Okay, I was officially jealous and wanted a pair of "ponte pants" for myself.  I chose a lucious Rayon and Poly blend fabric in...hello...BLACK!  And since we were going for comfort, we will use (yet again) our Ikina pant from Sewing workshop. The elastic waist make this an easy pant to sew.

Laurel suggested that we perhaps taper the legs somewhat and add a little length to the muslin that we have used over and over again. We were going for a more Audrey Hepburn capris look:) Just make a long "dart" starting at the hemline of the pattern leg by folding it over itself allowing the dart to "disappear/end" somewhere up the pant leg...the longer the tapering, the smoother the pant leg on your body.

Ponte knits can be a little heavier than a single knit and for that reason, we trimmed the seams at the waistline to remove some of the bulk.  This also makes it easier to fish the elastic through the narrow casing.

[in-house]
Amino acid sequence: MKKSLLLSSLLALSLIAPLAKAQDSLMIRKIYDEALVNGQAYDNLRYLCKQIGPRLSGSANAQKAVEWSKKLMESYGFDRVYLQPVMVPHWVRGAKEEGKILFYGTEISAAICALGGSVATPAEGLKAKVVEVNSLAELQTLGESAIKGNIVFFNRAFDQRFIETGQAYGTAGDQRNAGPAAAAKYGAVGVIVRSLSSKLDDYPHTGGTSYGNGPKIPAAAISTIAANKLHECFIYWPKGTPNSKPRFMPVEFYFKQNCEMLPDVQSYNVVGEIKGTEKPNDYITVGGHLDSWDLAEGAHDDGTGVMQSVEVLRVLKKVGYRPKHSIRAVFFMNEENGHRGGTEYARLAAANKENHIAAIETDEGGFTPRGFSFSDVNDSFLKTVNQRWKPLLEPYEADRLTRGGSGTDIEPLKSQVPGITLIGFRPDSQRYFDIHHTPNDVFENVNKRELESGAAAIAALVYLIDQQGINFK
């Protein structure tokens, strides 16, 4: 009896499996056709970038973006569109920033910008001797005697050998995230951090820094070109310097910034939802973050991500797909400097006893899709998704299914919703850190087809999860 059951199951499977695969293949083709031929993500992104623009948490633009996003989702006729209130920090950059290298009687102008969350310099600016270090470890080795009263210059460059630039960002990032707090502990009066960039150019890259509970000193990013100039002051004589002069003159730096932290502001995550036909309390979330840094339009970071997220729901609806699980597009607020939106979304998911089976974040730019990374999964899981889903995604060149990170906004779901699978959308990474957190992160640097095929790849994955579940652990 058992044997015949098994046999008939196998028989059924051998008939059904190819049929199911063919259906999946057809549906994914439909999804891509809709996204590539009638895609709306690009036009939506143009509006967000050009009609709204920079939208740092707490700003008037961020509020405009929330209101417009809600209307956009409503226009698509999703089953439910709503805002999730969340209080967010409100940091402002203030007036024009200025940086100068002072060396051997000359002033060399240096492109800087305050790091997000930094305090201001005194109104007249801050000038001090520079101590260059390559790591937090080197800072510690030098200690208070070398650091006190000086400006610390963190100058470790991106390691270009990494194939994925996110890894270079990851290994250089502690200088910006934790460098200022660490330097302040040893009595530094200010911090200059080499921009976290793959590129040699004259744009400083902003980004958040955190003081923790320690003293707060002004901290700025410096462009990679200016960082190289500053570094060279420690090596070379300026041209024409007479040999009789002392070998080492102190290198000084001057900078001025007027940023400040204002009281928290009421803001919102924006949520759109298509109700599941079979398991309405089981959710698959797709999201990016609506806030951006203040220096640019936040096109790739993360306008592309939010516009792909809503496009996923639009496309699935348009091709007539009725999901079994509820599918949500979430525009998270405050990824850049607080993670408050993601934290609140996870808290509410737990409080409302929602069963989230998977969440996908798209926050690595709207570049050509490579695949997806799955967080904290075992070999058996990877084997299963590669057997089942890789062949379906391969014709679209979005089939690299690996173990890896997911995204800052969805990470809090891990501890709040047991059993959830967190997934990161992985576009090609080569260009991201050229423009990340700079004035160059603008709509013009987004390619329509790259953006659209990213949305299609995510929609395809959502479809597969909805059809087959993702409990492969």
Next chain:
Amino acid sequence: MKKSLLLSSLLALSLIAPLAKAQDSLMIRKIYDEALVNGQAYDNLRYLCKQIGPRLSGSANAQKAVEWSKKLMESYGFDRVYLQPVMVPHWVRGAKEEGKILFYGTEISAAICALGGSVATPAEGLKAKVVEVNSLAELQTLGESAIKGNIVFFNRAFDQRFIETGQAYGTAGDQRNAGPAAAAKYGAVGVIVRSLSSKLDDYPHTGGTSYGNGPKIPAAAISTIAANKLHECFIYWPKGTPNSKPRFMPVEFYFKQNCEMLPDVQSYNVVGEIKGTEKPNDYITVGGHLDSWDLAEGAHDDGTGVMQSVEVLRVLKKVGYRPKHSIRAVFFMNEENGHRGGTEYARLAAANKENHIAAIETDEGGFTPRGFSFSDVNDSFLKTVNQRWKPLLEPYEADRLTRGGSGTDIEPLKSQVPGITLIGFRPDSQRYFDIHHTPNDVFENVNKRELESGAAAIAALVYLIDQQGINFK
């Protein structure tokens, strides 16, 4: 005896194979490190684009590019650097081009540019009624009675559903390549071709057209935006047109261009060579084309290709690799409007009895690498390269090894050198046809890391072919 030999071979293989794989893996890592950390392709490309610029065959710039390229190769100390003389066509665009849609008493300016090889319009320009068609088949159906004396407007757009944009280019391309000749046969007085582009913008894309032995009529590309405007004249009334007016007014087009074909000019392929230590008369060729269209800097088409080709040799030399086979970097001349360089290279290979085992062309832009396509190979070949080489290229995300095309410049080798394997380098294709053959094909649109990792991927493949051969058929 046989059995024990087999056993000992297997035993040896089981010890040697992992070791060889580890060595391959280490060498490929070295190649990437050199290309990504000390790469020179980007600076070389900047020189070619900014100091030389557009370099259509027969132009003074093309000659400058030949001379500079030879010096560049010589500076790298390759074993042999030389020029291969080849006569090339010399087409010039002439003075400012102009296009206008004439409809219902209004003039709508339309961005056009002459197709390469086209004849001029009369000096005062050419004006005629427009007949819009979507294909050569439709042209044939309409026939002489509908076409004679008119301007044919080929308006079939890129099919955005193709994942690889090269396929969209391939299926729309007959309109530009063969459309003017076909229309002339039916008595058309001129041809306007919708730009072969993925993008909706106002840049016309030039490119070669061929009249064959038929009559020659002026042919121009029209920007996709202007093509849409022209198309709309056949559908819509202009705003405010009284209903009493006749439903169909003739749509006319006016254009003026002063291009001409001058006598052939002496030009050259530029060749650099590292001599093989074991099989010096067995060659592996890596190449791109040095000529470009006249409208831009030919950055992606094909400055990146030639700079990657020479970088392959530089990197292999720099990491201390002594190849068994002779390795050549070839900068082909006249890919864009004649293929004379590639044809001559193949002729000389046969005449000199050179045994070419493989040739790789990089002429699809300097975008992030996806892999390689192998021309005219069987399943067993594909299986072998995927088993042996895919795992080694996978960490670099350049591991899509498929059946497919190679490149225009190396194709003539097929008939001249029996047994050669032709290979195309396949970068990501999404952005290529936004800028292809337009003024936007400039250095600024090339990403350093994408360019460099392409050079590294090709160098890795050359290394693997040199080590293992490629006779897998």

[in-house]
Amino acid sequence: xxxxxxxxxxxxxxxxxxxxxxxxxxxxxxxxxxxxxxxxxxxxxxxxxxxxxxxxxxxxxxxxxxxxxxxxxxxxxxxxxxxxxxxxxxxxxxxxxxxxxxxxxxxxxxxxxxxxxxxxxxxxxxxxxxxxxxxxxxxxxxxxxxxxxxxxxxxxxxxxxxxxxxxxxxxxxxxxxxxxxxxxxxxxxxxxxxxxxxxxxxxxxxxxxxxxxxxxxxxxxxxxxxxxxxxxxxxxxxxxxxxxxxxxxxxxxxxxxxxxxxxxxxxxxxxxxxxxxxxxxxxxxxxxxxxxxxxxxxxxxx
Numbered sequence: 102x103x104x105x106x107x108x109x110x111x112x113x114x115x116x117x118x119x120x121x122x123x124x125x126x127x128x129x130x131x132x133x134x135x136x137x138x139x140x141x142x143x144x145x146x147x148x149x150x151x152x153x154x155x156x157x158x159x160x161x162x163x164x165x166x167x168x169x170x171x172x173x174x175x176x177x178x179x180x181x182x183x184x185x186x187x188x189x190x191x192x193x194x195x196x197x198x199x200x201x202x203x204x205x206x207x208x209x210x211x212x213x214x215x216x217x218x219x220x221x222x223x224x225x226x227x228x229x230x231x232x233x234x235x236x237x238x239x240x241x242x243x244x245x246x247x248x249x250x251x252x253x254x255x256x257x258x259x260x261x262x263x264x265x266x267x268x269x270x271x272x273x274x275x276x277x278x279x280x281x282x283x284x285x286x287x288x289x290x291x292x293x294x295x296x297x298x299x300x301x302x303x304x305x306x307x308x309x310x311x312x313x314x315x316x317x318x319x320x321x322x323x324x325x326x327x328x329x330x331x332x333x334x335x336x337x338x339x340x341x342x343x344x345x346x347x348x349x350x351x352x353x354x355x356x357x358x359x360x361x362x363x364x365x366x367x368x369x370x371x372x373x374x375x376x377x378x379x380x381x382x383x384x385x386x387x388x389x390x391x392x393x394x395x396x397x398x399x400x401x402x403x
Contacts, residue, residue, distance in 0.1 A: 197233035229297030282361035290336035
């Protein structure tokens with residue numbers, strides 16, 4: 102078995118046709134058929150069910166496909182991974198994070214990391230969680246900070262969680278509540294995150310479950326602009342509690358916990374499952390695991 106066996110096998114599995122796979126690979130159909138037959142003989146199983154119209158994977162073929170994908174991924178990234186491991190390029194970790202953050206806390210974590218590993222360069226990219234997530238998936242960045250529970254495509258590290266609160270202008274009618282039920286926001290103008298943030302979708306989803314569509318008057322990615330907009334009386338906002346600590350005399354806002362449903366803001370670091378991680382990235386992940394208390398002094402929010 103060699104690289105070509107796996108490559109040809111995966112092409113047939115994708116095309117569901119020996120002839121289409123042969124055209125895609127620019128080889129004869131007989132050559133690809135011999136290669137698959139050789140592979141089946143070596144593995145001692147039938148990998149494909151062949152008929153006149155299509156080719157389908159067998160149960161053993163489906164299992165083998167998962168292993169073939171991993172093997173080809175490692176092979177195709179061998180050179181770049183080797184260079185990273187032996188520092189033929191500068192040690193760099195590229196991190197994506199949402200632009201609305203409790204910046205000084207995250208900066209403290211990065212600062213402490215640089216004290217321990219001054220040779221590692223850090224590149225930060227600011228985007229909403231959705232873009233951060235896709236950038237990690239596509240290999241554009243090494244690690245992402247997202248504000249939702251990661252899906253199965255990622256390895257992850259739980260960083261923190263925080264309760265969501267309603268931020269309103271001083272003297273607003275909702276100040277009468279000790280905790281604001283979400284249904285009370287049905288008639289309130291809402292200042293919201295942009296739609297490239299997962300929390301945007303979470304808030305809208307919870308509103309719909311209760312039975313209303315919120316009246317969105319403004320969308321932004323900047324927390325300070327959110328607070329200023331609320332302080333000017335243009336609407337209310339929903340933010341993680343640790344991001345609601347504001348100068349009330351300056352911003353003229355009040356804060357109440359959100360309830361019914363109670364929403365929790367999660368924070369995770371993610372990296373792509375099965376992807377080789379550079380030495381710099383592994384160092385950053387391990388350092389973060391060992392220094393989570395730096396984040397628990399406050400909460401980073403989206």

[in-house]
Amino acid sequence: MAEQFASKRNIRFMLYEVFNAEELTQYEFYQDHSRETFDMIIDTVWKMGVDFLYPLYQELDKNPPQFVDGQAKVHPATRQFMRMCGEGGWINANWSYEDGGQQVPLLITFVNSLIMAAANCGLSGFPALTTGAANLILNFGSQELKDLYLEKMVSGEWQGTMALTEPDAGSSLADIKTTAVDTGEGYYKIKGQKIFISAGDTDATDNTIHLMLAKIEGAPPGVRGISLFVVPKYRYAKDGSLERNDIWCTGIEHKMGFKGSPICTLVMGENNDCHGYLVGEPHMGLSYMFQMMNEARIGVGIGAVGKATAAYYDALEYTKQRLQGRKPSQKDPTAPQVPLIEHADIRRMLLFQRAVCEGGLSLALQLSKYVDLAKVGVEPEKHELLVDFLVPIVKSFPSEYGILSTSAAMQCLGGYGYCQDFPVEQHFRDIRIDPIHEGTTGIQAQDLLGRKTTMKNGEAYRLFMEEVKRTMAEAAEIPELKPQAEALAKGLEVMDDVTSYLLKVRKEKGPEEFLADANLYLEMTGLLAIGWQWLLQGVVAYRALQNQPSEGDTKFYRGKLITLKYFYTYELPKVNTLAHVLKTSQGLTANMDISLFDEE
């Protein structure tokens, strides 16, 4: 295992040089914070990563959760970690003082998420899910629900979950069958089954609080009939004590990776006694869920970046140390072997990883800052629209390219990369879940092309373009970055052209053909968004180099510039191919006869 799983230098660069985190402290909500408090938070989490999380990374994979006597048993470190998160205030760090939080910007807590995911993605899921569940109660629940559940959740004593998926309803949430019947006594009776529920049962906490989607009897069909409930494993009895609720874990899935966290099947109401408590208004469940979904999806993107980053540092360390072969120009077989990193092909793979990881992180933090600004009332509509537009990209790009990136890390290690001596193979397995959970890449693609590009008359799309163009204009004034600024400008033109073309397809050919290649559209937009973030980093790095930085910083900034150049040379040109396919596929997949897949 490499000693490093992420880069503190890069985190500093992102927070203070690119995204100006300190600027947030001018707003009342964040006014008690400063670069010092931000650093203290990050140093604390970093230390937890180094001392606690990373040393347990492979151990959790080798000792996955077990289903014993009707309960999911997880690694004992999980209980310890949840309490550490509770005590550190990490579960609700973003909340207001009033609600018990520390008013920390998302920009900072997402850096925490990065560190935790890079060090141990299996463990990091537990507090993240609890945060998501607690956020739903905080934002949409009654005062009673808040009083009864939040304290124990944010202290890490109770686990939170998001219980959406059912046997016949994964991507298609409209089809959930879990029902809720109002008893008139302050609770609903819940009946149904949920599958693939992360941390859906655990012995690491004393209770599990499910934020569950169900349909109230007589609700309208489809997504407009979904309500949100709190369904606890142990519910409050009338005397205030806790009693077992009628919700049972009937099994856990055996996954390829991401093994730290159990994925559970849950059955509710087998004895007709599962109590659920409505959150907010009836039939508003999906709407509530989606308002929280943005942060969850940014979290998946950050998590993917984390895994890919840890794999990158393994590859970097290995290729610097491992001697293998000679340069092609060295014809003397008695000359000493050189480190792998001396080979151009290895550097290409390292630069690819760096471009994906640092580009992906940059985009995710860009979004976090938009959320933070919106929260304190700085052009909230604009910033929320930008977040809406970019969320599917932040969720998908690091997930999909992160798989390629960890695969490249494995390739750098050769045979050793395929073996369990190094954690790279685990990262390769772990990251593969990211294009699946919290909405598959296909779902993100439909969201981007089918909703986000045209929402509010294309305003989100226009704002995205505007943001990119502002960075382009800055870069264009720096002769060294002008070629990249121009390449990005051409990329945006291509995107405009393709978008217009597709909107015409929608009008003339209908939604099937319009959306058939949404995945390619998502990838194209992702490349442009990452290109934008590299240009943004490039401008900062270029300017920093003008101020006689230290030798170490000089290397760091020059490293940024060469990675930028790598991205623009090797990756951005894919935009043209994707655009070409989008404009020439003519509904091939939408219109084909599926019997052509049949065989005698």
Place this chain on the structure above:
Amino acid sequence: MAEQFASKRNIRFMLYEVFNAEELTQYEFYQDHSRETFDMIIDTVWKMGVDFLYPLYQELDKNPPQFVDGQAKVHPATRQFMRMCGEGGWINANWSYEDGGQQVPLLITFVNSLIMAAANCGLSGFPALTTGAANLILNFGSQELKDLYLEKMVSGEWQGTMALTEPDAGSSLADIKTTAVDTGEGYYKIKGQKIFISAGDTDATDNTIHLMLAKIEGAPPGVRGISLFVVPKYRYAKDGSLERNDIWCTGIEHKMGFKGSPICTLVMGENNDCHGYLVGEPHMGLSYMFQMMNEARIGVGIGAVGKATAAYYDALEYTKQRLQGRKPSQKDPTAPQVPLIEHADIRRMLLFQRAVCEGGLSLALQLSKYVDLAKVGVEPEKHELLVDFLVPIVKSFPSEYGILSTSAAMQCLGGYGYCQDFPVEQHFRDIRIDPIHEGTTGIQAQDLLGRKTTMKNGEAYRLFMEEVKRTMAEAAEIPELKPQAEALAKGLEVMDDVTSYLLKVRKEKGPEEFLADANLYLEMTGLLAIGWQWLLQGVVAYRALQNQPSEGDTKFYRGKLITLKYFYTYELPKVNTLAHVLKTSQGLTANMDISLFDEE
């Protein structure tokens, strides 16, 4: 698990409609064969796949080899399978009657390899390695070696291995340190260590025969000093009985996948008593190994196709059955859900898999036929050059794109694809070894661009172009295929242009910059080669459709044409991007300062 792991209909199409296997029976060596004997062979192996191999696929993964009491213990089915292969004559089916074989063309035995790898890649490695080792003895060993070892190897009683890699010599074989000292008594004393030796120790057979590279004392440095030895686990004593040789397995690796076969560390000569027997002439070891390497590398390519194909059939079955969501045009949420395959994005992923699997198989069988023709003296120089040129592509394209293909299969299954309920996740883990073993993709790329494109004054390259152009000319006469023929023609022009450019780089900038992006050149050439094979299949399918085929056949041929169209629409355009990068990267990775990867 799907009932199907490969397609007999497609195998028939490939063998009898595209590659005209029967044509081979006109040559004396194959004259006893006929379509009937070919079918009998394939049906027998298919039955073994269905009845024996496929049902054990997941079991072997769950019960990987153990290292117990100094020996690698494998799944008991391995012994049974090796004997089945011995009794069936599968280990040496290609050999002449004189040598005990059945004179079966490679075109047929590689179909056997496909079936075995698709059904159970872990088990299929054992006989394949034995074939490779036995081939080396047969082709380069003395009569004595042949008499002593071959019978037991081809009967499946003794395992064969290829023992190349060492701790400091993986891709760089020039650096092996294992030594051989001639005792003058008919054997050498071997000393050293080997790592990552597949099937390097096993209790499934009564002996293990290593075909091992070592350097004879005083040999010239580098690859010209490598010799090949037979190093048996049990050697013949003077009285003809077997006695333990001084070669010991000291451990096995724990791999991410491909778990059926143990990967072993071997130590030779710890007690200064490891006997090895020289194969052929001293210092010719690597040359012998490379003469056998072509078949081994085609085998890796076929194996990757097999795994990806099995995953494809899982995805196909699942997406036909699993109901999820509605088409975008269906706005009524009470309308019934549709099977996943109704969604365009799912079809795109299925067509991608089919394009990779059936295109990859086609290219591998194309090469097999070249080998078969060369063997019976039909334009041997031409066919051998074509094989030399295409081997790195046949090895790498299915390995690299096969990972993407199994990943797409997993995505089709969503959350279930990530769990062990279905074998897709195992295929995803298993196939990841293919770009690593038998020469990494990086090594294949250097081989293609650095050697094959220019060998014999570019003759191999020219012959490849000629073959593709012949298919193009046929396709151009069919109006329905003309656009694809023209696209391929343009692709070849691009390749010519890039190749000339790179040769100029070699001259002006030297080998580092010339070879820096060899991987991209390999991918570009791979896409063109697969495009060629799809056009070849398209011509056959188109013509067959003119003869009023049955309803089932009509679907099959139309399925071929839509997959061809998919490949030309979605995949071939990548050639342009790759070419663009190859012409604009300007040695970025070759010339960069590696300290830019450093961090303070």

To complete our look, we added a little notch at the hemline.

If you've been following our sewing adventures here on Fabriclady, you know that we've made these Ikina pants in linen and silk several times.  I love them all, but it drives me to distraction just figuring out which way to slip them on - which side is the front?? The only way to differentiate is by looking at the crotch seams - the seam in back of a pair of pants is always longer than the front. So why not put a label in the back and save yourself some grief? You can have labels custom made, but so many of the machines today have an alphabet stitch, try making your own.

Such a clever little girl that Laurel, with a "unique" sense of humor...
but I guess I'll be able to figure out which side is the back now.

I am officially in love with these knit pants!

Ponte knits come in several weights. I have chosen another length of fabric in a much lighter weight to make another pair - this time I think we will flair the legs a little more just for fun.

Creatively Yours,

Wednesday, July 23, 2014

Show us your Selvage Edges!